Every time I get a question about working in the USA, my palms sweat a tiny bit. I know the key websites to recommend (Embassy, Fulbright, service resources on working abroad) but despite my best efforts, I know that deep down I still get confused about what the different visa options are for a typical UK graduate. So, when I felt I’d got my head around it last week, I wrote it down quickly before I got confused again:
There are lots and lots of niche areas (for everything from development workers to fashion models), let alone those with different citizenship status, but this is the super-generalised overview of generic entry routes.
Short term opportunities (J1 visa) to work in the USA
- Basically to do something like an internship, train, or do work experience (paid or unpaid), you’ll probably need a J1 visa
- A J1 visa is only issued under one of 14 different ‘programs’
- Lots of ‘programs’ are specific (e.g. au pair/camp counsellor), but there are 3 general ones:
- The ‘intern program’ – visa to stay up to 12 months, can work – paid or unpaid. Only for those in full time higher education or <12 months out.
- The ‘trainee program’ – visa to stay up to 18 months, can work – paid or unpaid. Can be done after some work experience: 5+ years OR degree + 1 year
- The ‘summer work travel’ programe – can work for up to 4 months. Only for those in full time higher education.
- To use one of these ‘programs’ to head west you need a sponsor (see the ‘find a sponsor’ bit on the right of this page). ‘Sponsors’ are different to ‘employers’. They’re one of only 93 approved bodies who can give you the forms to get your J1 visa. It’s their job to check that what you’ll be doing meets the terms of the ‘program’. For this they have a fee – an example of a sponsor and their fees is here:http://www.cicdgo.com/fees.php
- Most of these sponsors will hold a list of internships/traineeships/placements that you can apply directly to, from them, although you can also go and find your own and then come back to them.
- Technically, an employer could apply to become a sponsor themselves, but there are requirements, such as ‘to have experience in the field of managing international exchanges’, so it’s unlikely the majority will do this, as they don’t have to!
- When hoping to intern or similar at a US organisation without a background in this, reading up and becoming confident about getting your J1 visa is important – as the onus is on you to sort it out before you can head out.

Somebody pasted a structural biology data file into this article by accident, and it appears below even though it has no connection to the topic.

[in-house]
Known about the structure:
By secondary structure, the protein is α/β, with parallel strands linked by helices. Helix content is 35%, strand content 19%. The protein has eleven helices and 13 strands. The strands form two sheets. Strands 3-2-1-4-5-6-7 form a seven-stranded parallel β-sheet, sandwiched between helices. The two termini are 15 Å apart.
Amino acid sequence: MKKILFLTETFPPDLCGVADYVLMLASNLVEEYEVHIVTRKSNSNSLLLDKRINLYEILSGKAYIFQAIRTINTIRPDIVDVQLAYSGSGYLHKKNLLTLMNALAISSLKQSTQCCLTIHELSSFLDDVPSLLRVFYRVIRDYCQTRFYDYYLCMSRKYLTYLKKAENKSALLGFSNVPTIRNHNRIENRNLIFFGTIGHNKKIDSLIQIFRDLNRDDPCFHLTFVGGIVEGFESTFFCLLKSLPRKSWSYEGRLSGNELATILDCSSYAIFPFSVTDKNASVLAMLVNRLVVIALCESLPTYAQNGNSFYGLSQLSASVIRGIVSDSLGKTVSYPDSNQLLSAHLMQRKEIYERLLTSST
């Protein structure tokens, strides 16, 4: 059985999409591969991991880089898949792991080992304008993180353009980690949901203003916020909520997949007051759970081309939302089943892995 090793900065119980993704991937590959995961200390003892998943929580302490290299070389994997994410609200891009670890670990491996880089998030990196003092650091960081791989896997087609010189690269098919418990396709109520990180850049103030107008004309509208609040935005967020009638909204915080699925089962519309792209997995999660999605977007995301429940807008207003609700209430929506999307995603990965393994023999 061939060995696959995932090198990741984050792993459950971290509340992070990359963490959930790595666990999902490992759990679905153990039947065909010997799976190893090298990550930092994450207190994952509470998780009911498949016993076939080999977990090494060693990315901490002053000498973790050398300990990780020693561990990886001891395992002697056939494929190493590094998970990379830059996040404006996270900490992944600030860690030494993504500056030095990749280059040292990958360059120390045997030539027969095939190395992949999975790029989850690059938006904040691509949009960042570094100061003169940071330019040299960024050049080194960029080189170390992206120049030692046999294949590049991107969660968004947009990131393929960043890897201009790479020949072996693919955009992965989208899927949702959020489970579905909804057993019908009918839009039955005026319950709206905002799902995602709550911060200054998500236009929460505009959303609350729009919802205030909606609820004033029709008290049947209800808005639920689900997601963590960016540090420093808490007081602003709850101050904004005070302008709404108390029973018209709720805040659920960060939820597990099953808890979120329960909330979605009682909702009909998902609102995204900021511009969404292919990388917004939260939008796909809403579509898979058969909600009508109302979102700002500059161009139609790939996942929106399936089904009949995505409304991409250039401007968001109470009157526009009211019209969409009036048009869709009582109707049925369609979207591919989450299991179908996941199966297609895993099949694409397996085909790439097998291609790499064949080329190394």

Longer term opportunities to work in the USA (employment-based, generally H1B visa)
- The H1B visa is outlined here: http://london.usembassy.gov/work.html
- From the USCIS webpages, it seems that H1B has been defined as: basically a role which requires a degree
- The H1B visa is something the employer has to file for, after they offer you the job
- Again, if the organisation hasn’t tried to file for a H1B visa before, it could put them off hiring you – hence, it is important that you know all about it to help convince them it’s worth doing.
- For permanent emigration on the basis of employment, details are at: http://london.usembassy.gov/immigrant-visas/employment-based-visas.html
- General routes for those with a degree and professional experience still require a specific job offer to apply
Other useful links for US work:
- www.prospects.ac.uk/links/usa – on work and study in the USA
- www.jobweb.com – US-produced career magazines online, similar to the TargetJobs guides
- There’s a handy summary on short term work in the USA on the Fulbright website
If I’ve mistaken anything, do leave me a comment and let me know, but hopefully that’s a useful snapshot!
About Author – Lucy Hawkins
I’m a Careers Adviser at the University of Oxford. You can read more of my posts on my blog at careerslucy.wordpress.com. The blog is about my personal musings and not the official opinion of Oxford University Careers Service in any way.
Follow Lucy on Twitter – @careerslucy
(The following post also appears on careerslucy blog)
(Image 1: Credit)